BIA's Martin breaks unofficial boycott of NCAI
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TUESDAY, JUNE 17, 2003

The acting head of the Bureau of Indian Affairs extended an olive branch to the nation's largest inter-tribal organization on Monday, citing a need to heal a fractured relationship that has hindered efforts to reform the broken Indian trust.

Acting assistant secretary Aurene Martin said she attended the mid-year session of the National Congress of American Indians (NCAI) in an attempt to start "mending some of those wounds" that have developed in recent months. "I do sense that there has been some distance between tribal leaders and NCAI and the administration," she told the conference, being held on the Gila River Reservation in Arizona this week.

Martin's appearance broke the Department of Interior's unofficial and self-imposed "boycott" of NCAI events. After a joint tribal-federal task force on trust reform broke down late last year in a disagreement over standards and oversight, senior department officials did not attend the organization's winter conference in Washington, D.C., this past February. Lower-level employees were warned, by Martin, not to attend without obtaining proper clearance.

Tribal leaders took the snub personally, a sentiment that has persisted despite attempts, by tribes, to bring the department back to the table. "There is a sense within the administration that there is not a good working relationship with NCAI," Richard Milanovich, chairman of the Agua Caliente Band of Cahuilla Indians in California, said during the general assembly yesterday morning.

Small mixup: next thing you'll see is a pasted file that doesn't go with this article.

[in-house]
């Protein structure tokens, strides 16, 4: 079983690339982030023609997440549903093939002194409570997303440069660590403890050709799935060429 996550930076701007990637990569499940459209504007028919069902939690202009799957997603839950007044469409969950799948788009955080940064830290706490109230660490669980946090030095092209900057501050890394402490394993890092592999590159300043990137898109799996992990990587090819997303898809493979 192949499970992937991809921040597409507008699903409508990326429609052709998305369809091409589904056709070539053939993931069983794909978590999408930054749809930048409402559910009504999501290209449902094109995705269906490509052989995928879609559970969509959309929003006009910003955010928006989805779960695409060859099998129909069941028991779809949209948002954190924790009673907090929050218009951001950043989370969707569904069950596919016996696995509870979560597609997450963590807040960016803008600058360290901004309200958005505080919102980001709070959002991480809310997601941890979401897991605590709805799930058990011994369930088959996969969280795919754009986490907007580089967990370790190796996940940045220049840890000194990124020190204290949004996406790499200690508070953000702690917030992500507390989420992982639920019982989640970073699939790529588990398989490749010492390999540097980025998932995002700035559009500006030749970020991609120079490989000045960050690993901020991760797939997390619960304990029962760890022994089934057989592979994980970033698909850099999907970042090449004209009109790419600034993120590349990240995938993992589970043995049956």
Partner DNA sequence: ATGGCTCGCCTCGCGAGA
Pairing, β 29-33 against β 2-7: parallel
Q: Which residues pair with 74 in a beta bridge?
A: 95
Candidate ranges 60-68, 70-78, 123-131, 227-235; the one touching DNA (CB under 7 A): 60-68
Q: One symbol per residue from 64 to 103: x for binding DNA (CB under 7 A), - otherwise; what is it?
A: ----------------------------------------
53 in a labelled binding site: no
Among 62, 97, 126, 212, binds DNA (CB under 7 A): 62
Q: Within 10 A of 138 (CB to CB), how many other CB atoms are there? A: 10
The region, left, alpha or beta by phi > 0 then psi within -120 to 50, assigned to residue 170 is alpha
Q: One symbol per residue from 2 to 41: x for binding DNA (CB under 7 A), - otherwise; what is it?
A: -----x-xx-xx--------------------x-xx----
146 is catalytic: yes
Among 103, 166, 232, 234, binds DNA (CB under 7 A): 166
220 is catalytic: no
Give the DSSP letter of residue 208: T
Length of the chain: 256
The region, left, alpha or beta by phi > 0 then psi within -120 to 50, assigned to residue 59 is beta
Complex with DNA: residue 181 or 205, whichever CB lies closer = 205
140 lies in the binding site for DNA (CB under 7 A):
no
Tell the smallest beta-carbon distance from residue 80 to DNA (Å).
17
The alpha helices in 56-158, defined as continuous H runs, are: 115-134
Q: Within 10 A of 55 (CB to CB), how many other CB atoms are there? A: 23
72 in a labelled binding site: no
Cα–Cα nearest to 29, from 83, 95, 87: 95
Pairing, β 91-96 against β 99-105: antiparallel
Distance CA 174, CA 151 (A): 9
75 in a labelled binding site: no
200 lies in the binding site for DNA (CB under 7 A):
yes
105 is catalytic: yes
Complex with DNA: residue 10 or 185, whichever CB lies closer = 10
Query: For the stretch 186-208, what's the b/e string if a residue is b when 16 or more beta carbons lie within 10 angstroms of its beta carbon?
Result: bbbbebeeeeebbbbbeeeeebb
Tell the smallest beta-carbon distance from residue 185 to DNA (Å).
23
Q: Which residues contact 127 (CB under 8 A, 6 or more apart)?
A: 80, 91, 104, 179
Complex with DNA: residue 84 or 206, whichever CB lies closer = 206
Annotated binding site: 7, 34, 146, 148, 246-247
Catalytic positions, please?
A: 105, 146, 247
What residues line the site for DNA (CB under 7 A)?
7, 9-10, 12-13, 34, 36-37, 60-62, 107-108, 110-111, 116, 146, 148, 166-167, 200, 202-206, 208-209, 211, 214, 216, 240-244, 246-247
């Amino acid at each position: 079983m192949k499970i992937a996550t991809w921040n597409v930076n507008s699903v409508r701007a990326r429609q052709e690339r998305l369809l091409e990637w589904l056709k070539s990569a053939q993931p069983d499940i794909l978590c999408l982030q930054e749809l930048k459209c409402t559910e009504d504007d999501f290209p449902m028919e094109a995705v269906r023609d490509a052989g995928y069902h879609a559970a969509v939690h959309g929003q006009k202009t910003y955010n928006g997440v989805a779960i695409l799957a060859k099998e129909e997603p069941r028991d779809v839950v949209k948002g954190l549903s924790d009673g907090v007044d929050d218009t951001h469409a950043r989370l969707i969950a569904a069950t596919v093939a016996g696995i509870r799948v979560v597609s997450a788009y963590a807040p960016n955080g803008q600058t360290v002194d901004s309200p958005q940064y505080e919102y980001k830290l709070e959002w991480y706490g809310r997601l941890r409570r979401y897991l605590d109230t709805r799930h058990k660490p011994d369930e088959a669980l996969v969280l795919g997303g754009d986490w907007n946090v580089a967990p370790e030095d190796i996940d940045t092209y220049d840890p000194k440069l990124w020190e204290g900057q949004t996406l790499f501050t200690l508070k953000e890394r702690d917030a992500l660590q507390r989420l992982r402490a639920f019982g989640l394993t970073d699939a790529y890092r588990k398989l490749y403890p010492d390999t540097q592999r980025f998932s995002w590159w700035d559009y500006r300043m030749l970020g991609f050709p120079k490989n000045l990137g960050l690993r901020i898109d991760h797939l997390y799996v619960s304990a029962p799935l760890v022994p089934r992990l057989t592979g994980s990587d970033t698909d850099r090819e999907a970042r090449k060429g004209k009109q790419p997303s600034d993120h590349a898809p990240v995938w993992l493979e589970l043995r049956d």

But some tribal leaders said it was time to move beyond the disagreements in light of the ongoing reorganization of the BIA and the expansion of the Office of Special Trustee (OST). Although there is opposition to the changes, the two sides need to come together to resolve tribal concerns, said Ron Allen, chairman of the Jamestown S'Klallam Tribe of Washington and a former member of the task force.

"They [Interior officials] need the tribes to be on board to make this happen," he said in an interview. "That's where they need to work with the tribes and the regions to reshape it and turn it into a win-win situation."

Tex Hall, president of NCAI, which represents more than 250 tribes, also urged cooperation. "We can't let personalities, we can't let the words stop us from continuing to engage," he told Martin after her speech.

Increasingly frustrated with DOI and BIA, tribes have taken their pleas to the White House. Jim Kelly, a White House aide on intergovernmental affairs who spoke at NCAI yesterday, was urged to get President Bush on board.

"The president does meet with mayors, he meets with the governors of various states, he meets with the [Congressional] Black caucus and he meets with other minority groups," said Ed Thomas, president of the Tlingit-Haida Tribe of Alaska. "We have yet to have a meeting between the president of this nation and the presidents of our recognized sovereign nations."

Relevant Links:
National Congress of American Indians -

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